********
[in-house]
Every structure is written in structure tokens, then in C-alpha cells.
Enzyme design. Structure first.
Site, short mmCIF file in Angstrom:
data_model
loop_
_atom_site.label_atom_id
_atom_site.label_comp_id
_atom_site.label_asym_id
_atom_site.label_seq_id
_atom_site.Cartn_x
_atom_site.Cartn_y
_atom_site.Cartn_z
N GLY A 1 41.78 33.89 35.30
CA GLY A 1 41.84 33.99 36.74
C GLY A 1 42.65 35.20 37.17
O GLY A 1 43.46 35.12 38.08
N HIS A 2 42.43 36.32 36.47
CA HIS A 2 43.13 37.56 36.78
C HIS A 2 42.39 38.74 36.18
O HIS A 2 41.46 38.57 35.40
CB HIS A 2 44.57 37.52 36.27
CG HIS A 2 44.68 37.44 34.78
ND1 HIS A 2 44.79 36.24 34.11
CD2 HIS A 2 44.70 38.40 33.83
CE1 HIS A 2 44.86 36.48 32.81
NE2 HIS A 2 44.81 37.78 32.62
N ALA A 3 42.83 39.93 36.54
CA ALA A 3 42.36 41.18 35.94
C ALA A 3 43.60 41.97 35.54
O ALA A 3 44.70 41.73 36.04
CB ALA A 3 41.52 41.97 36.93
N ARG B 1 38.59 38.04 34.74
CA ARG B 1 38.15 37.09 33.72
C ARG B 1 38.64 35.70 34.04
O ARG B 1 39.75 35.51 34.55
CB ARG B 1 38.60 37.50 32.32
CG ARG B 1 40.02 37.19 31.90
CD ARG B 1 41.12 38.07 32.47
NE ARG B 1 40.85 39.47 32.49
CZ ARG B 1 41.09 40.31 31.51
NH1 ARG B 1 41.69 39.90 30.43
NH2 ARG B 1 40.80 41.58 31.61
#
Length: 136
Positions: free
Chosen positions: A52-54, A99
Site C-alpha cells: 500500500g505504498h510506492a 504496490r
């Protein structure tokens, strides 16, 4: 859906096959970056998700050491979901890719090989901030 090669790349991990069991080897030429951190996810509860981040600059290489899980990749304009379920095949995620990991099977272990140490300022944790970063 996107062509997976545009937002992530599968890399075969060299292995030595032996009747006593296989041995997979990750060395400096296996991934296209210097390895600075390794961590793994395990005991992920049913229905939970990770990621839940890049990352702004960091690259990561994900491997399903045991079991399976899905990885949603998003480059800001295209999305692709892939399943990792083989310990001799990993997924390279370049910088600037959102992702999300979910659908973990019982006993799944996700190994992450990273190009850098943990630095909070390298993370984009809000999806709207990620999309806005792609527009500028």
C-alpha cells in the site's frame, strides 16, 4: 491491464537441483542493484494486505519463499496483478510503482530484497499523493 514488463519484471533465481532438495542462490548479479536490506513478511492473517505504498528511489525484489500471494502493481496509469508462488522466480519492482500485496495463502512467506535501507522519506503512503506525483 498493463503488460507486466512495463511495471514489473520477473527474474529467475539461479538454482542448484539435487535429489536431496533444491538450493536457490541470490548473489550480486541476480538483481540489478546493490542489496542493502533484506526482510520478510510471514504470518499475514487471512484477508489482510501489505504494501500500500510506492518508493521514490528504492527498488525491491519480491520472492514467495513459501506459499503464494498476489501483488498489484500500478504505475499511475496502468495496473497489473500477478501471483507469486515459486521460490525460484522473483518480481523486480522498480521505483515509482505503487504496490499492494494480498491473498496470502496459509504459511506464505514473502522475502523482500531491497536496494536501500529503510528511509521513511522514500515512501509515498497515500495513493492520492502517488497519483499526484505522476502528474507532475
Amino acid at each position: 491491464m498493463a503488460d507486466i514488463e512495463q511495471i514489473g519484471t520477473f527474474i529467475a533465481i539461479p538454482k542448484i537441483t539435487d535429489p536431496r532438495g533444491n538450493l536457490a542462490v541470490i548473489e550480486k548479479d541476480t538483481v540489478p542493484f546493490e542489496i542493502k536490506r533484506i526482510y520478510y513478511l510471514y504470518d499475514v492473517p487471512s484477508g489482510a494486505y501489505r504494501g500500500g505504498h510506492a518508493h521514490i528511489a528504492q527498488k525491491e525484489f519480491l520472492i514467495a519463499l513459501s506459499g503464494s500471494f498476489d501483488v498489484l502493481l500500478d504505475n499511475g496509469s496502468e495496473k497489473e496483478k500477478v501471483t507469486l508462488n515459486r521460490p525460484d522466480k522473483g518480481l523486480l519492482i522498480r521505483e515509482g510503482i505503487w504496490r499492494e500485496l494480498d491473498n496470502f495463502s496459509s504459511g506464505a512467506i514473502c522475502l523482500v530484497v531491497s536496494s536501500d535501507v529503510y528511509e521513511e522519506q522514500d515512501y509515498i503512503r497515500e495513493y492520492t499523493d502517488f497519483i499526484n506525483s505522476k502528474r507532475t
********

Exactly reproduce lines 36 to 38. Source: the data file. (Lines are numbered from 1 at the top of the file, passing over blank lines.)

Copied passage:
O ARG B 1 39.75 35.51 34.55
CB ARG B 1 38.60 37.50 32.32
CG ARG B 1 40.02 37.19 31.90